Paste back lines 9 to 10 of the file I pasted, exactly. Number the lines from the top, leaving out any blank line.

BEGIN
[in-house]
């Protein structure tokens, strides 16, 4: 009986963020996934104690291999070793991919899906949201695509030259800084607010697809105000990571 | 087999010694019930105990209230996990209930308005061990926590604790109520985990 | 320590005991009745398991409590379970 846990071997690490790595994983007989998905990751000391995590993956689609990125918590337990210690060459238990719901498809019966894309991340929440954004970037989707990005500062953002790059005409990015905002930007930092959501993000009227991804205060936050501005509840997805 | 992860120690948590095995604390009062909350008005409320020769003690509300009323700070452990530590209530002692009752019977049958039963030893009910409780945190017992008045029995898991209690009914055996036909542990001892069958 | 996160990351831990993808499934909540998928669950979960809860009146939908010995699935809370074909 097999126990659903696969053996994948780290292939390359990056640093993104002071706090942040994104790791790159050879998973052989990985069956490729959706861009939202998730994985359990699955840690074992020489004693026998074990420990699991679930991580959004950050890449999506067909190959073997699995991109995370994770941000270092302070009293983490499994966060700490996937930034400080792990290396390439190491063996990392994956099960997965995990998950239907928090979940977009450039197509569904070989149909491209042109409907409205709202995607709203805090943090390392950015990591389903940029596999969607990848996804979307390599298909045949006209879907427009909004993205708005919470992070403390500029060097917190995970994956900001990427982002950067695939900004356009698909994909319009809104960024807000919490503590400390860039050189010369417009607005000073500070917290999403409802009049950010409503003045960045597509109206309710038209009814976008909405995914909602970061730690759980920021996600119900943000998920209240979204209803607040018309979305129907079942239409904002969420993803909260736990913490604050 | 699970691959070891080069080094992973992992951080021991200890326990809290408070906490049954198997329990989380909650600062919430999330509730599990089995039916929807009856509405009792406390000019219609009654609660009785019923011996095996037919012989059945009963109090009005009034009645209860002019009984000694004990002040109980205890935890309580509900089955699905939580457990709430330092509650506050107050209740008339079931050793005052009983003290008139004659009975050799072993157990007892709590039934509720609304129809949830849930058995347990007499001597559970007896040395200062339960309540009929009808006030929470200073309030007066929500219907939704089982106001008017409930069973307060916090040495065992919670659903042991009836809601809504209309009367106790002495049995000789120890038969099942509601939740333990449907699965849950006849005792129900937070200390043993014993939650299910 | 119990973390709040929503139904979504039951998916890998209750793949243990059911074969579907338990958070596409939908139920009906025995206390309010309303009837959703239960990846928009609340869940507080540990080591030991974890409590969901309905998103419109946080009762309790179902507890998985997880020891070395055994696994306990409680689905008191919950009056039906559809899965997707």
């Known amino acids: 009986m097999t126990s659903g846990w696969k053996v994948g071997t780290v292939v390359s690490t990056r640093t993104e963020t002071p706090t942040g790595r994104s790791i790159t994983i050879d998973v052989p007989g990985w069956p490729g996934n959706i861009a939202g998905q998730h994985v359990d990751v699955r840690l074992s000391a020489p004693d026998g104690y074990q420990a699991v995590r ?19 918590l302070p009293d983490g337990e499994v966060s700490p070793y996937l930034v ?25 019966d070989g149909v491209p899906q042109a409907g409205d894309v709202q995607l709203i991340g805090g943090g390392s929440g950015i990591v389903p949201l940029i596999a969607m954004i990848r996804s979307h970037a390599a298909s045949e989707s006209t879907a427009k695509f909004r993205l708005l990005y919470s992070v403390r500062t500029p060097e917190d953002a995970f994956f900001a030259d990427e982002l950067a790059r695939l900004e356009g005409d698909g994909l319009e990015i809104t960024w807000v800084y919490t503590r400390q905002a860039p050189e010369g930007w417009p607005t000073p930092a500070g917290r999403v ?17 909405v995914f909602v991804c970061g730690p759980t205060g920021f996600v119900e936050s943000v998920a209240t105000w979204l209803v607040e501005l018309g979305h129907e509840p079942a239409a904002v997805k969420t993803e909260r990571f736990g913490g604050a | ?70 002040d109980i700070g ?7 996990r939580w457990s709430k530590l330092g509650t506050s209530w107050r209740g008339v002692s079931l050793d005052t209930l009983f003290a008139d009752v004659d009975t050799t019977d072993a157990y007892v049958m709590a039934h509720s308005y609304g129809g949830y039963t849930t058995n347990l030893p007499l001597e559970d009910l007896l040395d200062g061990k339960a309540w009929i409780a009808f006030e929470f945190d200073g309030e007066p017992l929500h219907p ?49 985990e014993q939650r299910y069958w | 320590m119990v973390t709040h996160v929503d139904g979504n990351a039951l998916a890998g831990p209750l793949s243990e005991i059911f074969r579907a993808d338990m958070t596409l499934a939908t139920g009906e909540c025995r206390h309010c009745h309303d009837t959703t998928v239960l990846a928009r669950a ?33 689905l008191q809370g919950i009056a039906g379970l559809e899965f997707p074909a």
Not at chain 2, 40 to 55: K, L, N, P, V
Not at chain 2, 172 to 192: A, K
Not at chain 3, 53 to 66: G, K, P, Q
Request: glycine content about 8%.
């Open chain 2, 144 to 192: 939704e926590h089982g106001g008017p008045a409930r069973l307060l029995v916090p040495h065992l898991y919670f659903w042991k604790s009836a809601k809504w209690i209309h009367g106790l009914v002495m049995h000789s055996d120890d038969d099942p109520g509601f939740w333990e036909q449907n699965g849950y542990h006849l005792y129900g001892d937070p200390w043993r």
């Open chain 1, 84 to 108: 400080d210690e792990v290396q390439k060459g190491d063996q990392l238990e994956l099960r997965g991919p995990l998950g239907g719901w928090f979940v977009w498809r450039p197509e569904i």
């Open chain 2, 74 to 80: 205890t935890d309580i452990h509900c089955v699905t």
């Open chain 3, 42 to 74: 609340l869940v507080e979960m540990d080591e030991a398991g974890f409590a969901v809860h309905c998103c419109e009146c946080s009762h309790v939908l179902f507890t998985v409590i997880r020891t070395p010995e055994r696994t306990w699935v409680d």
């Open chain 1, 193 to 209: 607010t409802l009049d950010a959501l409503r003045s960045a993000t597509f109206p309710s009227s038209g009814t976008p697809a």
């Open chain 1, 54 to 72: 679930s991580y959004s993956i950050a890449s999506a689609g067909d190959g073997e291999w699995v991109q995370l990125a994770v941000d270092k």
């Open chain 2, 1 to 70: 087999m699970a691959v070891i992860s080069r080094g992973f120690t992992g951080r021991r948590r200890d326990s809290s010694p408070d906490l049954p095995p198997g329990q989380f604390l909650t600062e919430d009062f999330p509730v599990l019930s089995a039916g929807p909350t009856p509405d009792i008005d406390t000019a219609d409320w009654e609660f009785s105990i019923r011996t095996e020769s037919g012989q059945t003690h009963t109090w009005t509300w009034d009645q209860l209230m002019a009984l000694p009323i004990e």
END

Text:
């Open chain 1, 84 to 108: 400080d210690e792990v290396q390439k060459g190491d063996q990392l238990e994956l099960r997965g991919p995990l998950g239907g719901w928090f979940v977009w498809r450039p197509e569904i």
């Open chain 2, 74 to 80: 205890t935890d309580i452990h509900c089955v699905t």